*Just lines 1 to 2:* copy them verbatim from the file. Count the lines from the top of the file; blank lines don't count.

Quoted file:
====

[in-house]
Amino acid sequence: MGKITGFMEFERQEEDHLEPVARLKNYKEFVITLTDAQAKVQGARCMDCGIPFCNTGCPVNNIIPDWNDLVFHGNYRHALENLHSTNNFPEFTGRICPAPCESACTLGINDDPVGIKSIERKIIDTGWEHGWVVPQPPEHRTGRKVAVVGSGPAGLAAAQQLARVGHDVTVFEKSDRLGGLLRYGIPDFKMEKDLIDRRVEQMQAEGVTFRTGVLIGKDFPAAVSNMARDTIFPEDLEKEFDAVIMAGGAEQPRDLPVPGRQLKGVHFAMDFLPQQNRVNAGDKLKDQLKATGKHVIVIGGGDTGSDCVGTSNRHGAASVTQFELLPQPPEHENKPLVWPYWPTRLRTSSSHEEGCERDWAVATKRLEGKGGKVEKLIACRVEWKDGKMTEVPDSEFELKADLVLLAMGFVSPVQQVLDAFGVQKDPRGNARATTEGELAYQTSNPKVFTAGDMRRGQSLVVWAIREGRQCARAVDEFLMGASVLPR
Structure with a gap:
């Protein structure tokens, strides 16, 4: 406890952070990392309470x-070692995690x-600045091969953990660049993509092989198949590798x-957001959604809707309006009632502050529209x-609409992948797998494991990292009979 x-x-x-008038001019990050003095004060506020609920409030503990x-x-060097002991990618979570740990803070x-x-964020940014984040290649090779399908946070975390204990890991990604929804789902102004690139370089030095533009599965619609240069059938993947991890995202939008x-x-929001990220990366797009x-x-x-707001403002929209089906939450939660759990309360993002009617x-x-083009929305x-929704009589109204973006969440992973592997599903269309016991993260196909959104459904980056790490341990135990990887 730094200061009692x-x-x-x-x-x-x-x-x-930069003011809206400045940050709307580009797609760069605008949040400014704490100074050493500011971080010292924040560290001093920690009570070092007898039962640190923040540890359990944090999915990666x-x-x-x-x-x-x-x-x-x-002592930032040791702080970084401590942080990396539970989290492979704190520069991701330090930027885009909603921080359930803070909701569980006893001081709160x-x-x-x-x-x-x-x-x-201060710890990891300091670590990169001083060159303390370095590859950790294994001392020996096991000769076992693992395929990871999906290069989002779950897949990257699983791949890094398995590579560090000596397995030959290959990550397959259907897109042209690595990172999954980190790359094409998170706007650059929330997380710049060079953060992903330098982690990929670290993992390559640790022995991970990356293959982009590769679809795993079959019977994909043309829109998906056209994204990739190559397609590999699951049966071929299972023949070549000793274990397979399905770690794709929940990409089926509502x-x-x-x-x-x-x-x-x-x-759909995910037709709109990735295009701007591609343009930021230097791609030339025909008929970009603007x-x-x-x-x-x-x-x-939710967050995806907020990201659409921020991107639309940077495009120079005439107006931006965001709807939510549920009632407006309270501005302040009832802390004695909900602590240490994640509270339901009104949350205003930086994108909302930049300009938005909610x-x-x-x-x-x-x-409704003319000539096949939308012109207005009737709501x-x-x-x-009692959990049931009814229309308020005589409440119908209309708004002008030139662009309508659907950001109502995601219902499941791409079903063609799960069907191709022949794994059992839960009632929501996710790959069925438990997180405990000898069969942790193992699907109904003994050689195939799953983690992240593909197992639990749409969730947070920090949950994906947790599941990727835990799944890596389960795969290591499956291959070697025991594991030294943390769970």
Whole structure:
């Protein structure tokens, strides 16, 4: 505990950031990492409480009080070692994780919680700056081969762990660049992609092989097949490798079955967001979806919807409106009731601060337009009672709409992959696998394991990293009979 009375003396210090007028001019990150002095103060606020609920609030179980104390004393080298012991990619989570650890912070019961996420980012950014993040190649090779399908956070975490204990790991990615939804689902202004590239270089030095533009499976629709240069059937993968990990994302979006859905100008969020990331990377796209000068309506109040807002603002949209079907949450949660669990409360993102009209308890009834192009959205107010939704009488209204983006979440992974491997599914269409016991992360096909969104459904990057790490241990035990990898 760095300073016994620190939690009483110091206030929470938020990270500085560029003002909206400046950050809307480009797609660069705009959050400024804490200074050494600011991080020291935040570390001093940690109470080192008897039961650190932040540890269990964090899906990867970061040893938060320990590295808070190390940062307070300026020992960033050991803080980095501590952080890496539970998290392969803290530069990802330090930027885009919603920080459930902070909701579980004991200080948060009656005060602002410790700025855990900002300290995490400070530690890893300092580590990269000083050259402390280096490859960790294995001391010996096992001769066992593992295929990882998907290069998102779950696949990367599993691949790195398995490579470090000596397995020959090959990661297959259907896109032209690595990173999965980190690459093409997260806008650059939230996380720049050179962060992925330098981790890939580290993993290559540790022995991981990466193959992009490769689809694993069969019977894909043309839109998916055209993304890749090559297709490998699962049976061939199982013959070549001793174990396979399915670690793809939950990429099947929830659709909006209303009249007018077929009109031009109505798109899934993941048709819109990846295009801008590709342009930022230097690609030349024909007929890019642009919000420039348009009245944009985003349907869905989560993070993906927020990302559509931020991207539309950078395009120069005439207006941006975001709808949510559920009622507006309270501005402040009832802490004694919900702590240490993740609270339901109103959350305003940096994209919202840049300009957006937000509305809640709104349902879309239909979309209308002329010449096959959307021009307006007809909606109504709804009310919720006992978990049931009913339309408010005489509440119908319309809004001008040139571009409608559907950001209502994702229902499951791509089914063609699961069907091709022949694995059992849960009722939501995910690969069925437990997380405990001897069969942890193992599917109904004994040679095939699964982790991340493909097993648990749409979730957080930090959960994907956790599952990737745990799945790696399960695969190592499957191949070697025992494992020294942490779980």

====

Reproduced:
[in-house]
Amino acid sequence: MGKITGFMEFERQEEDHLEPVARLKNYKEFVITLTDAQAKVQGARCMDCGIPFCNTGCPVNNIIPDWNDLVFHGNYRHALENLHSTNNFPEFTGRICPAPCESACTLGINDDPVGIKSIERKIIDTGWEHGWVVPQPPEHRTGRKVAVVGSGPAGLAAAQQLARVGHDVTVFEKSDRLGGLLRYGIPDFKMEKDLIDRRVEQMQAEGVTFRTGVLIGKDFPAAVSNMARDTIFPEDLEKEFDAVIMAGGAEQPRDLPVPGRQLKGVHFAMDFLPQQNRVNAGDKLKDQLKATGKHVIVIGGGDTGSDCVGTSNRHGAASVTQFELLPQPPEHENKPLVWPYWPTRLRTSSSHEEGCERDWAVATKRLEGKGGKVEKLIACRVEWKDGKMTEVPDSEFELKADLVLLAMGFVSPVQQVLDAFGVQKDPRGNARATTEGELAYQTSNPKVFTAGDMRRGQSLVVWAIREGRQCARAVDEFLMGASVLPR